| | | Does sombbody know what DPM rate a good and reliable SMT assembly line (incl. solder paste print, assembly and feflow soldering) has? | | | DPM is Defects per million, usually measured on components. We run a process consisting of small to medium batch manufacture typically 250,000 components placed per week up to 10 different circuit board types each day. We use DEK 265 screen printer 2 Siemens Siplace placement machines and a surf systems reflow oven. Our DPM rate (as measured at in circuit test) is typically 40dpm. If you would like to know more, email me directly. | | | Using DPM (Defects Per Million) as a process indicator at test may not be indicative of how well your processes are running. 40 DPM at test may sound good but if you have an army of inspectors and rework people working on the boards your yields may be ok but all of your profits have been spent. You should consider you�re in process DPM or a cumulation of defects found throughout your process(before rework). As an example if a given number of boards were found to have 100 defects at SMT and another 200 at Wave Solder, then the in process DPM would be calculated with the 300 defects. | | Something else to consider... | (And this is just my opinion) | 1) How a defect is calculated. At the SMT process if you have one 144 pin QFP that is placed off pad then that would be considered one defect (placement). On the other hand if that part has 30 pins with insufficient solder then that would be 30 defects and so on. | | 2) How to Calculate DPMO (Defects per Million of Opportunity). I use the number of solder joints + The number of components = DPMO | Now some people will argue that the component should be counted as several possible defects | Placed off pad, Wrong polarity, coplanarity, wrong part and so on. I still consider 1 component as 1 DPMO, but I track what caused the defect for my process improvement. | | In Answer to the original question | we use under 100 DPM for SMT (for most assemblies). | In some cases the DPM will Fluctuate from Assembly to assembly due to poor layout, design, inferior components (I'm finger pointing here, there's no way it could be engineering) and so on. | | | Well that�s my 2 cents | | Mike |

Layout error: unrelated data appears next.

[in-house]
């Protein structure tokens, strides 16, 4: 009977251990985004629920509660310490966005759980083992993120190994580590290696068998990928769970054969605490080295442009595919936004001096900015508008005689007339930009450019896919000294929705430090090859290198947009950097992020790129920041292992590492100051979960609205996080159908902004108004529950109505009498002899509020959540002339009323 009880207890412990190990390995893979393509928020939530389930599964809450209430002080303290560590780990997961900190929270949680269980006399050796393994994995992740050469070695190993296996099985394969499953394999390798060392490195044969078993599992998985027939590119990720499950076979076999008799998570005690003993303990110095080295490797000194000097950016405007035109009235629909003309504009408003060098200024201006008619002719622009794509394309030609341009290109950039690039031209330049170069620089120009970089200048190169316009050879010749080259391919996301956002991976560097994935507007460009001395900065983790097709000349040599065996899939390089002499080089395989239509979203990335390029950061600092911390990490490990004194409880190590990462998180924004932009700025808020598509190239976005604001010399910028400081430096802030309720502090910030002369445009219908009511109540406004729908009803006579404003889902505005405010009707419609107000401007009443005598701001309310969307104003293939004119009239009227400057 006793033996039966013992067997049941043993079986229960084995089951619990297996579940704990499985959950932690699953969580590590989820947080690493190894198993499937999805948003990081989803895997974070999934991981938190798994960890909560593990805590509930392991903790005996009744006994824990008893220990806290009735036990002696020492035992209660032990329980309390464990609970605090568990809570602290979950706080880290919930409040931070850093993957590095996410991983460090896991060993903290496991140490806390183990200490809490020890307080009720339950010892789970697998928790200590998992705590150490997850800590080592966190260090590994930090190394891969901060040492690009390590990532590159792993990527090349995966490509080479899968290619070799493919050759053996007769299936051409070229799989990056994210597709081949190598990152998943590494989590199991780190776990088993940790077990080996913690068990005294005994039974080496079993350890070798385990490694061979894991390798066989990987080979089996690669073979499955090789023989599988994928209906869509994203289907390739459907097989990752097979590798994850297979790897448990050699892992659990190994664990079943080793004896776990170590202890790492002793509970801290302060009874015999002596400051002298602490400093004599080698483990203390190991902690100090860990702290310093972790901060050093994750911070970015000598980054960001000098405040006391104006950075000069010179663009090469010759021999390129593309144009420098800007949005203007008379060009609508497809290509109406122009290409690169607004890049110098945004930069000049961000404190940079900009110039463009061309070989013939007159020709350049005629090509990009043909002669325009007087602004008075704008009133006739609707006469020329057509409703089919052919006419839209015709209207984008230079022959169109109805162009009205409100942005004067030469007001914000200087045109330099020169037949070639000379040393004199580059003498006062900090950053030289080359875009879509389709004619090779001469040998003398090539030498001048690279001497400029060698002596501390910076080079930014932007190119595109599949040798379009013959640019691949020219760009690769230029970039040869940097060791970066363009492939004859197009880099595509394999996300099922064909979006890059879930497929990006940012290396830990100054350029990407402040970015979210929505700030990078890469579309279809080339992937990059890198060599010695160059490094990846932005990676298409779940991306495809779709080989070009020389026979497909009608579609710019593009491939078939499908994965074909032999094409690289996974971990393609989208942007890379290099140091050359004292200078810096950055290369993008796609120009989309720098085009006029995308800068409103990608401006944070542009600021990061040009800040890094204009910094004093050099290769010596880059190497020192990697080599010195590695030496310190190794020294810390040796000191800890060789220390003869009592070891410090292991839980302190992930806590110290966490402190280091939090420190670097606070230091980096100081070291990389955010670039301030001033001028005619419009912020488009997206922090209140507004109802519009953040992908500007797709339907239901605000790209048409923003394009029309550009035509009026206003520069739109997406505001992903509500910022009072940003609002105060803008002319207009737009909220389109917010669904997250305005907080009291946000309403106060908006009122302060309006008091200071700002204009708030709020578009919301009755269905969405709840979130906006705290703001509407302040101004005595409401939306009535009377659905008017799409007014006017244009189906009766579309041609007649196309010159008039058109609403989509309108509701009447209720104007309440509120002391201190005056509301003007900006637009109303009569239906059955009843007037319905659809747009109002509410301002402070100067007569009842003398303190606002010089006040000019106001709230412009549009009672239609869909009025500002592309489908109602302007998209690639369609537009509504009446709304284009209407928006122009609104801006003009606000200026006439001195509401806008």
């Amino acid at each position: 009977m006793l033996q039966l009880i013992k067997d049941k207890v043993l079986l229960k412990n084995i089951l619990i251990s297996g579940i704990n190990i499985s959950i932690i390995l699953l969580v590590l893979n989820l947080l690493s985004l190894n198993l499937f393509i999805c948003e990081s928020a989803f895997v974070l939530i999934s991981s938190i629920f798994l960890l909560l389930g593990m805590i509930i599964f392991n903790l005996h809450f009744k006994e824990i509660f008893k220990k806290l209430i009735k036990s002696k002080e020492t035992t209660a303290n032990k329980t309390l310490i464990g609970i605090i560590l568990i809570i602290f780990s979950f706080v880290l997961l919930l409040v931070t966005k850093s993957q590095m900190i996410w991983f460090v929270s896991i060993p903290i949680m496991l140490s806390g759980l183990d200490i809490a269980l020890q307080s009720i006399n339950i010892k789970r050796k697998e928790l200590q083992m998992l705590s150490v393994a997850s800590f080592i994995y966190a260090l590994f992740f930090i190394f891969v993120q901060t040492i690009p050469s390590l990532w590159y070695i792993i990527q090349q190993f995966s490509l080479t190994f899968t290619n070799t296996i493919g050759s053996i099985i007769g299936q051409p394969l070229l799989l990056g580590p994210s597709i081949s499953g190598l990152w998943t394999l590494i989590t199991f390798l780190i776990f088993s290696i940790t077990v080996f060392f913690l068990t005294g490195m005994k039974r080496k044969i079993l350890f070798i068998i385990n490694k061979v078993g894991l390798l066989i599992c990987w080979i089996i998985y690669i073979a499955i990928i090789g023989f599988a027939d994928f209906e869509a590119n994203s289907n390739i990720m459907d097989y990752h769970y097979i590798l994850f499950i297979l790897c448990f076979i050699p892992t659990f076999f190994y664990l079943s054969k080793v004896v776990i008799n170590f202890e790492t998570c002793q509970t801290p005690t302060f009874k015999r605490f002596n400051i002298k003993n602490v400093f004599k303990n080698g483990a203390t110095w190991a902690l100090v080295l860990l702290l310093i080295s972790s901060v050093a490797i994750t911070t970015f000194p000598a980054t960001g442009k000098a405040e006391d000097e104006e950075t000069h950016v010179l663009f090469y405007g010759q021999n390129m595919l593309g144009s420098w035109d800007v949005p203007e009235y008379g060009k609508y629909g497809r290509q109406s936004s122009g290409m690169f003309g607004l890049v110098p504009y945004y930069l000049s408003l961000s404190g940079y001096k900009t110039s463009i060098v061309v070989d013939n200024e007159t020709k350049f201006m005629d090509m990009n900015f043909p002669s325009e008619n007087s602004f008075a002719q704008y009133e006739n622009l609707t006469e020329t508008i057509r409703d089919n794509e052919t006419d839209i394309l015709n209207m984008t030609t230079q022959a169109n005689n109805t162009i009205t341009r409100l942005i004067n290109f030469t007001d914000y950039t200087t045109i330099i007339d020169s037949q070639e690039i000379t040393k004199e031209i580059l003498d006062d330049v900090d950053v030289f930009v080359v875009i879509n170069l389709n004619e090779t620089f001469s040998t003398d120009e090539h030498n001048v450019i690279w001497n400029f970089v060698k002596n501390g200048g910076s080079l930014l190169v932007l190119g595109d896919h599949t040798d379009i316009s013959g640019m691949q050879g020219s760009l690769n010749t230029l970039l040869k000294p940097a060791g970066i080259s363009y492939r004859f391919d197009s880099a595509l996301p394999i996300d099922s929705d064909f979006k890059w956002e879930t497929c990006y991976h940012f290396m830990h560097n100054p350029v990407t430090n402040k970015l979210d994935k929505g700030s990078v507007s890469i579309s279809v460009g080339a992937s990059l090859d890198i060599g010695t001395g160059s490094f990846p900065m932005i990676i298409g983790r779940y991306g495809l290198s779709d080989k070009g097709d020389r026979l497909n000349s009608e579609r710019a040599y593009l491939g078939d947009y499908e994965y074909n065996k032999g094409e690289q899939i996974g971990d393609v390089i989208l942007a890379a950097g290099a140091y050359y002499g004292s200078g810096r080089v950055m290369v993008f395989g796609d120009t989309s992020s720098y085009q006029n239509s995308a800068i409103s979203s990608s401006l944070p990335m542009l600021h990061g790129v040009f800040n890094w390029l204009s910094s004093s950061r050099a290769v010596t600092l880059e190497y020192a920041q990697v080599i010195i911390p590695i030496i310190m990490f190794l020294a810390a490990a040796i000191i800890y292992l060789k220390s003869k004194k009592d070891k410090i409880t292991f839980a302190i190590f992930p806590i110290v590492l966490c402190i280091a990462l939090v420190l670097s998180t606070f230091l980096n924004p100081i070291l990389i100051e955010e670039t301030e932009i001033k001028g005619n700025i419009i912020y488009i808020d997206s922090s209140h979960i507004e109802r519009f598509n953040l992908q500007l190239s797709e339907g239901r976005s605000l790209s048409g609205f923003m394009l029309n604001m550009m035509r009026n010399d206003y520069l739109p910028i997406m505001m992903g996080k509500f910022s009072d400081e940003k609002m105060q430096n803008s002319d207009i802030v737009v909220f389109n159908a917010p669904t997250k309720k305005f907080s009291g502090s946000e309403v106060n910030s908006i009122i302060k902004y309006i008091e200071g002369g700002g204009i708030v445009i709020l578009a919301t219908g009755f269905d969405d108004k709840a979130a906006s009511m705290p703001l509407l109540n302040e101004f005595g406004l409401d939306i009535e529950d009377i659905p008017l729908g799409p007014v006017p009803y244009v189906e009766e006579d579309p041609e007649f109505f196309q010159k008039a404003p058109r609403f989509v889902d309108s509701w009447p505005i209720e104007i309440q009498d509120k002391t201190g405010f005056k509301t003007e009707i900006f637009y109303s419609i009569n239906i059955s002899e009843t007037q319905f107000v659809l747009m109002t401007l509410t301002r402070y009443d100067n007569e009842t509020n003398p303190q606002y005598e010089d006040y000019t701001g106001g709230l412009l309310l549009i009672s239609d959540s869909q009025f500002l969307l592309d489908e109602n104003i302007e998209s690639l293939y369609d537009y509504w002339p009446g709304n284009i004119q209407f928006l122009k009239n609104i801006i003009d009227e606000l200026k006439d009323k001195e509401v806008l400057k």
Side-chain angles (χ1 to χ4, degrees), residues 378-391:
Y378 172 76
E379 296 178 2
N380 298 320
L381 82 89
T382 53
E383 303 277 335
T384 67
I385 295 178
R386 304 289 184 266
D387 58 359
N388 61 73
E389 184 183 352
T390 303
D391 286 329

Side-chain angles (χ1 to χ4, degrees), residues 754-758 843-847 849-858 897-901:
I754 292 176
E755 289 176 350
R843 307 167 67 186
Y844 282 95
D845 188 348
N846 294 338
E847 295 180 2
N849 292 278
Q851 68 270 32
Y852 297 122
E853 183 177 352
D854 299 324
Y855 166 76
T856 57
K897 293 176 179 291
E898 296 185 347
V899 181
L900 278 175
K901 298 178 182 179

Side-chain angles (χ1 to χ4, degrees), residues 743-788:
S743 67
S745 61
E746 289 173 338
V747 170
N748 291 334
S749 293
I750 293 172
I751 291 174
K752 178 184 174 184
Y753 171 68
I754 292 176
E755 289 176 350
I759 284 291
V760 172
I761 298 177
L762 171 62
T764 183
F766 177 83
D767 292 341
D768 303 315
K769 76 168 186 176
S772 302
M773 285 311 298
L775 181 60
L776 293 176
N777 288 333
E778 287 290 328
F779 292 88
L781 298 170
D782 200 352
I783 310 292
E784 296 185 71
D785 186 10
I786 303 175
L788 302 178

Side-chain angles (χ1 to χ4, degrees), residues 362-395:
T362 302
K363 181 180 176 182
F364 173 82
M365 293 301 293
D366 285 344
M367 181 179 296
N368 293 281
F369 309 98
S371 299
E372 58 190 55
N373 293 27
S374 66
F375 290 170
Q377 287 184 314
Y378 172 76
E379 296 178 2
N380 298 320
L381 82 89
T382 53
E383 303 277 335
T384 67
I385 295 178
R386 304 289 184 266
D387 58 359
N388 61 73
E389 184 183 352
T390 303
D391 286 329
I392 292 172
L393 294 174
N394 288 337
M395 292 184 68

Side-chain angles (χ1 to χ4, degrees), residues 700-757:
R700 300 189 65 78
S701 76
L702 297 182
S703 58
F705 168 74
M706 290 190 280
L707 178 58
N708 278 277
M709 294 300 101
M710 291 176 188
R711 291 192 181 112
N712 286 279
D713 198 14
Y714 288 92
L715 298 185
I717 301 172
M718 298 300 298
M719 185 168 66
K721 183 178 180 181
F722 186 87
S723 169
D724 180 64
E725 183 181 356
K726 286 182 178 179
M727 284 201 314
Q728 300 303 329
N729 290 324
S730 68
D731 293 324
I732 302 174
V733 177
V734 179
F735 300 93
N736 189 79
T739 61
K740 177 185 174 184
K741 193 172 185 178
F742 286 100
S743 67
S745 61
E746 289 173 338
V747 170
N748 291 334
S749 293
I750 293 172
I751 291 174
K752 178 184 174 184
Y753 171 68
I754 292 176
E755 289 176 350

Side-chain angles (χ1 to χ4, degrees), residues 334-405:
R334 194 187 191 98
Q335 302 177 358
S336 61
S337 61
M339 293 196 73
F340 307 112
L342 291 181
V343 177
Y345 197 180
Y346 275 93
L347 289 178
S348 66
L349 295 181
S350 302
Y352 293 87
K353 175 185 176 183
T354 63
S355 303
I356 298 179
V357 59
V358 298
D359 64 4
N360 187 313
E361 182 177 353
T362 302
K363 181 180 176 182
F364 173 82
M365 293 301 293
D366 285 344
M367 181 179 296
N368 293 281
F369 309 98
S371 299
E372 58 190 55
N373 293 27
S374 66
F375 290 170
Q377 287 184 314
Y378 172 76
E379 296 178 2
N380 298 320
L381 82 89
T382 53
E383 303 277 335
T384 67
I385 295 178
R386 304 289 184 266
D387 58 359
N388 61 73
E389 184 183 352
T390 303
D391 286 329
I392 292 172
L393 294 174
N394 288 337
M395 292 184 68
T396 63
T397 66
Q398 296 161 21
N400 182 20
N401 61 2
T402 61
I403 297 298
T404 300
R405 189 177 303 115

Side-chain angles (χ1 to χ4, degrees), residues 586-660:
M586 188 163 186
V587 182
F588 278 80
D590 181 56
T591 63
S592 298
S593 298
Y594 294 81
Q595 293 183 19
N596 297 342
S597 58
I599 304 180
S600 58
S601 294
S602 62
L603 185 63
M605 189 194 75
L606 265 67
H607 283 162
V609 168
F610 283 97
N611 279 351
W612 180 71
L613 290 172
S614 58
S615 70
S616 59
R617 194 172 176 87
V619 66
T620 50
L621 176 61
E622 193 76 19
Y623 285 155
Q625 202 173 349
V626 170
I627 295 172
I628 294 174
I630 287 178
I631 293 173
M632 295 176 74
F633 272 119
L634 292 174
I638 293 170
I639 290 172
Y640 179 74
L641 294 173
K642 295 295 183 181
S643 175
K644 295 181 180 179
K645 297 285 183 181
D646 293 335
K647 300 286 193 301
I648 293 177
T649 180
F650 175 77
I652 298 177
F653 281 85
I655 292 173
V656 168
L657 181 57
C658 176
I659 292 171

Mike, pretty sound observations and opinions. I agree, but then again I come from the 'manufacturing' side of things with a very careful eye out for our quality and process controls. Try convincing our QA and upper management on that and, hey !!

Oh well. Again, kudos!

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Scott Lolmaugh

#13979

Re: DPM-Rate for SMT pprocess | 18 November, 1998

| | | Does sombbody know what DPM rate a good and reliable SMT assembly line (incl. solder paste print, assembly and feflow soldering) has? | | | | | Chris, | | It may be helpful if you could translate DPM into a meaningful phrase as many people (myself included) may not understand the abbreviation. | | Look forward to its expansion. | | | DPM: Defaults Per Million | That means when you have 1.000.000 solder joints, how many of them are bad ones | | | Actually, it depends on what is defined as a defect opportunity. If you define 1 opportunity per component, then it means, when you have a million parts assembled, how many of them have a defect caused by SMT processes. In other words, there are many defect types that could be present at any single part on a single board, but if there is any defect at all, you determine the "main" one and only count it as one defect. For instance, if an SOIC-8 is mis-oriented 180 degrees, and it is also more than allowed off the pads, and 4 leads have no solder, and...etc. You could tally up 1-misoriented + 8-misaligned + 4-no-solder...etc. against that one part. In order to do that level of detail, you need to calculate your DPM rate using all the possible defect opportunities for each part on the board. I think it's a lot easier to just have 1 defect/ opportunity per part.